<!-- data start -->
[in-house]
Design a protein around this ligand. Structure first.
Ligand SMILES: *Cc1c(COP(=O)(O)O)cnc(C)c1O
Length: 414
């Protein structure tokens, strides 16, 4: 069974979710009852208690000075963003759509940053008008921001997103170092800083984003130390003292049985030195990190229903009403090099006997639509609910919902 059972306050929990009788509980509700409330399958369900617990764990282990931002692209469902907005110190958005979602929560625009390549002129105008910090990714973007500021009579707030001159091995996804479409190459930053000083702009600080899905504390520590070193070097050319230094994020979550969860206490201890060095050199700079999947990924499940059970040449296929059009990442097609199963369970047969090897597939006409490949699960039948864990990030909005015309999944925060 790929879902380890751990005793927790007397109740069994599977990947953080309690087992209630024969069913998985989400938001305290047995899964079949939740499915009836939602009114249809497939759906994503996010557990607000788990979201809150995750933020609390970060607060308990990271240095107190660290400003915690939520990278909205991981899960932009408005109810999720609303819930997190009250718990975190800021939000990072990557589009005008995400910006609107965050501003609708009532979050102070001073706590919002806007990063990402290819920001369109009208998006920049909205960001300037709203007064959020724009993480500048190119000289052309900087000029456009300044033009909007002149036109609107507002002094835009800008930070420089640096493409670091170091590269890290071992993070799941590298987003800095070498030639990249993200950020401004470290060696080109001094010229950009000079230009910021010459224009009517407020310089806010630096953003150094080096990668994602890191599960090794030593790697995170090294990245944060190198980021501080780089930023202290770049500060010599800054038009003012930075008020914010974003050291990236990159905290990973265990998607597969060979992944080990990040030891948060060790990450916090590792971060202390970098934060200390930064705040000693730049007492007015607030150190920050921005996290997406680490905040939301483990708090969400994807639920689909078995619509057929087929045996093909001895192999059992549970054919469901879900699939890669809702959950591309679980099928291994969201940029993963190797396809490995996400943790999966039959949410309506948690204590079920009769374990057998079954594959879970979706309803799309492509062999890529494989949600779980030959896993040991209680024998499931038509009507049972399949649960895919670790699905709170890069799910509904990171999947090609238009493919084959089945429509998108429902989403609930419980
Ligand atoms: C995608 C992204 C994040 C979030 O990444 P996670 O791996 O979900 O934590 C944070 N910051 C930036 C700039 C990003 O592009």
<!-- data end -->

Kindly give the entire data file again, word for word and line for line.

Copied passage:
[in-house]
Design a protein around this ligand. Structure first.
Ligand SMILES: *Cc1c(COP(=O)(O)O)cnc(C)c1O
Length: 414
């Protein structure tokens, strides 16, 4: 069974979710009852208690000075963003759509940053008008921001997103170092800083984003130390003292049985030195990190229903009403090099006997639509609910919902 059972306050929990009788509980509700409330399958369900617990764990282990931002692209469902907005110190958005979602929560625009390549002129105008910090990714973007500021009579707030001159091995996804479409190459930053000083702009600080899905504390520590070193070097050319230094994020979550969860206490201890060095050199700079999947990924499940059970040449296929059009990442097609199963369970047969090897597939006409490949699960039948864990990030909005015309999944925060 790929879902380890751990005793927790007397109740069994599977990947953080309690087992209630024969069913998985989400938001305290047995899964079949939740499915009836939602009114249809497939759906994503996010557990607000788990979201809150995750933020609390970060607060308990990271240095107190660290400003915690939520990278909205991981899960932009408005109810999720609303819930997190009250718990975190800021939000990072990557589009005008995400910006609107965050501003609708009532979050102070001073706590919002806007990063990402290819920001369109009208998006920049909205960001300037709203007064959020724009993480500048190119000289052309900087000029456009300044033009909007002149036109609107507002002094835009800008930070420089640096493409670091170091590269890290071992993070799941590298987003800095070498030639990249993200950020401004470290060696080109001094010229950009000079230009910021010459224009009517407020310089806010630096953003150094080096990668994602890191599960090794030593790697995170090294990245944060190198980021501080780089930023202290770049500060010599800054038009003012930075008020914010974003050291990236990159905290990973265990998607597969060979992944080990990040030891948060060790990450916090590792971060202390970098934060200390930064705040000693730049007492007015607030150190920050921005996290997406680490905040939301483990708090969400994807639920689909078995619509057929087929045996093909001895192999059992549970054919469901879900699939890669809702959950591309679980099928291994969201940029993963190797396809490995996400943790999966039959949410309506948690204590079920009769374990057998079954594959879970979706309803799309492509062999890529494989949600779980030959896993040991209680024998499931038509009507049972399949649960895919670790699905709170890069799910509904990171999947090609238009493919084959089945429509998108429902989403609930419980
Ligand atoms: C995608 C992204 C994040 C979030 O990444 P996670 O791996 O979900 O934590 C944070 N910051 C930036 C700039 C990003 O592009």